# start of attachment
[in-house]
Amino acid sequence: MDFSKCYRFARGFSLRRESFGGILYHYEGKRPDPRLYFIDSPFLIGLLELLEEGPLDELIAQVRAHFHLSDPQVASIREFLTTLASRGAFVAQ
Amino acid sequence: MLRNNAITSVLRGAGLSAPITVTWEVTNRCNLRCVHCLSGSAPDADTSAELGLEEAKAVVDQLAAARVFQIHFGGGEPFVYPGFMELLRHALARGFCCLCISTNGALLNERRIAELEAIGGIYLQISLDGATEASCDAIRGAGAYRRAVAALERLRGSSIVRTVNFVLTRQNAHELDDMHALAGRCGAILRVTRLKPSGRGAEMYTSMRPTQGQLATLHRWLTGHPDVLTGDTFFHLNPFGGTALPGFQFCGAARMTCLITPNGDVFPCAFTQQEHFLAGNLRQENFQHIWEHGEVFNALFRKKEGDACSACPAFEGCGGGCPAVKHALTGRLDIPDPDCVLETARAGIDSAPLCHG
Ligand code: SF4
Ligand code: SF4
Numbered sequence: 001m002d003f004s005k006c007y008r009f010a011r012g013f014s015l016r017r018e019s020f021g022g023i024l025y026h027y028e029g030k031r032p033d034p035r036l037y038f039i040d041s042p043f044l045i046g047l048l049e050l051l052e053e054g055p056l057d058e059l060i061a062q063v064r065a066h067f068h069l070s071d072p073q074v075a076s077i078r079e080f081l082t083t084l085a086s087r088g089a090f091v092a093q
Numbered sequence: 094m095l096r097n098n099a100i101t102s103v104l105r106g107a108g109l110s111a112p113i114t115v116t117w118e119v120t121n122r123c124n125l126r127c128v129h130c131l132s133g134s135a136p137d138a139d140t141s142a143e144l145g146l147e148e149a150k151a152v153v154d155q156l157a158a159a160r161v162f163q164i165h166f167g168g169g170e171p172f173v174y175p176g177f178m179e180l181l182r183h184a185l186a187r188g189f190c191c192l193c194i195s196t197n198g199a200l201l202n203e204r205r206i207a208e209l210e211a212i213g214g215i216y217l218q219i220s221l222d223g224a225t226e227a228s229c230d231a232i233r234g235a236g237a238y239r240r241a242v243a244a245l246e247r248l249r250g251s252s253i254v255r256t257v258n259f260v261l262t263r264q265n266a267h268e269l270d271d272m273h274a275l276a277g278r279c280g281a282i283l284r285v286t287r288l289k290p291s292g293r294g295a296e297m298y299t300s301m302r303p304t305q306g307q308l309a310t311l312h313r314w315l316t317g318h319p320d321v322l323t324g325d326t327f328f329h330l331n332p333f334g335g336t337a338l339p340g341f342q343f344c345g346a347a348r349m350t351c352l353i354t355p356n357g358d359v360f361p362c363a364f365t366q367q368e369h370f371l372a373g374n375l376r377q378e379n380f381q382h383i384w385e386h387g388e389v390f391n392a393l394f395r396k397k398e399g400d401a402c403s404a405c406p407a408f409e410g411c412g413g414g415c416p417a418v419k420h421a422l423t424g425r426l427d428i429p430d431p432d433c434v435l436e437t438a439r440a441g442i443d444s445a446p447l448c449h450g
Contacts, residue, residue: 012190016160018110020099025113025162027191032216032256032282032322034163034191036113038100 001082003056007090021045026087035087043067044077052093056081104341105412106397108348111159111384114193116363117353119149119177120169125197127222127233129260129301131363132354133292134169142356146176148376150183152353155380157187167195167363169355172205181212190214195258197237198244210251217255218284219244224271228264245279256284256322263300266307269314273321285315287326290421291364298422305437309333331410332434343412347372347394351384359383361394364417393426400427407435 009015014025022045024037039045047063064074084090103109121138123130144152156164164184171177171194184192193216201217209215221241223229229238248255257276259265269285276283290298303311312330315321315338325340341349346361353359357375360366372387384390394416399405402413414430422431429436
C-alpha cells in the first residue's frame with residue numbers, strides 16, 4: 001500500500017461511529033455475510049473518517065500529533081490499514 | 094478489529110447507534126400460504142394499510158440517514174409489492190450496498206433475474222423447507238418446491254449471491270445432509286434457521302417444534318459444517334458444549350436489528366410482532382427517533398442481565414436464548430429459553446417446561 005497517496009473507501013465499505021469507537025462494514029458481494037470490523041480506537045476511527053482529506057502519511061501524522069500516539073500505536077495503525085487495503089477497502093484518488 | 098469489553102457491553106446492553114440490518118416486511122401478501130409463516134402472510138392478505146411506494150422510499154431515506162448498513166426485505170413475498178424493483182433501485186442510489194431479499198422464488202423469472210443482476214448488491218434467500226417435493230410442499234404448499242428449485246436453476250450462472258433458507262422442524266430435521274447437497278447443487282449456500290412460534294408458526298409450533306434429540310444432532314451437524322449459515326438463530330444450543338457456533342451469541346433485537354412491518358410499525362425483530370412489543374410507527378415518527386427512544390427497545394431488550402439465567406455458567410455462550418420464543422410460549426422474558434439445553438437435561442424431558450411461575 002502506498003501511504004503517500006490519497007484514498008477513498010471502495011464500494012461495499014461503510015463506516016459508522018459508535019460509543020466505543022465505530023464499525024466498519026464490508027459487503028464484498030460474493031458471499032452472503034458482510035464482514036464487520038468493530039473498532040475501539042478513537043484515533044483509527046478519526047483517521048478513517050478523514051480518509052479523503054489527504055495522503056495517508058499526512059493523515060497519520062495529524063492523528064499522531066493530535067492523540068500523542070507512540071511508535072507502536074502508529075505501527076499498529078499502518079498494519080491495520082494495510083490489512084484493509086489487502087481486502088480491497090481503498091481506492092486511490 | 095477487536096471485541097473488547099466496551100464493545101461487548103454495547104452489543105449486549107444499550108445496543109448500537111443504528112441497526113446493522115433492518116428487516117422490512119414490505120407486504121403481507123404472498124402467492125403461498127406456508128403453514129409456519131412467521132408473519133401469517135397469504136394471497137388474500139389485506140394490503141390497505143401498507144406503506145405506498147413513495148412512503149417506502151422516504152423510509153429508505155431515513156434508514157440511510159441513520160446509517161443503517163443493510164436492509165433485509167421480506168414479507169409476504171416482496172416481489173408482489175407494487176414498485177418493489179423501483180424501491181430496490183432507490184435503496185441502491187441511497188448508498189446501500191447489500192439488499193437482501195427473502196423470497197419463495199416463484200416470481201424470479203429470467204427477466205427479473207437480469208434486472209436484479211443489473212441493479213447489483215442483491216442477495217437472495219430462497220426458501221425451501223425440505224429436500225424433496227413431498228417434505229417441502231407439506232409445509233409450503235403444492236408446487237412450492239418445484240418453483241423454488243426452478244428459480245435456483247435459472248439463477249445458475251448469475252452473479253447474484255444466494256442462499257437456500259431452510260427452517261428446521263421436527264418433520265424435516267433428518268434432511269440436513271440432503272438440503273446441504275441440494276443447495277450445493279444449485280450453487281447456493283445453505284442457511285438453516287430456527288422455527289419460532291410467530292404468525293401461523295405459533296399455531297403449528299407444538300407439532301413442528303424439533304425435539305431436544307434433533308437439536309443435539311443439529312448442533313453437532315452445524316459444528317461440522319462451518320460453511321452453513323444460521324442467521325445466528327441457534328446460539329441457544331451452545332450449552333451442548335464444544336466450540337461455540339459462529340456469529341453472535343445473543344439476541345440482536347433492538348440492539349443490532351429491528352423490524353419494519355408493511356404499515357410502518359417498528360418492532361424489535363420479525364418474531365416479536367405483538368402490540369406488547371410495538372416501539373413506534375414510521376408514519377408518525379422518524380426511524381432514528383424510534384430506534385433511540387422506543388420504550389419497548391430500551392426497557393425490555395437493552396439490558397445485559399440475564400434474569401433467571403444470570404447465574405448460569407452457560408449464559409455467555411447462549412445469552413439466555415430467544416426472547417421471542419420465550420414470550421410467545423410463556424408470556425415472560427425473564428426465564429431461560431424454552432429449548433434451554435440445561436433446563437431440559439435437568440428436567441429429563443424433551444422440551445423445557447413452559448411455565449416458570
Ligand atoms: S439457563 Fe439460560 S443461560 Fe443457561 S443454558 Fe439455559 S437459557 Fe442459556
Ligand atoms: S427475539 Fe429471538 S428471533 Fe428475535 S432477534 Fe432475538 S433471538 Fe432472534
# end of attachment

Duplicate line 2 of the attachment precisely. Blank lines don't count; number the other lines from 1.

Amino acid sequence: MDFSKCYRFARGFSLRRESFGGILYHYEGKRPDPRLYFIDSPFLIGLLELLEEGPLDELIAQVRAHFHLSDPQVASIREFLTTLASRGAFVAQ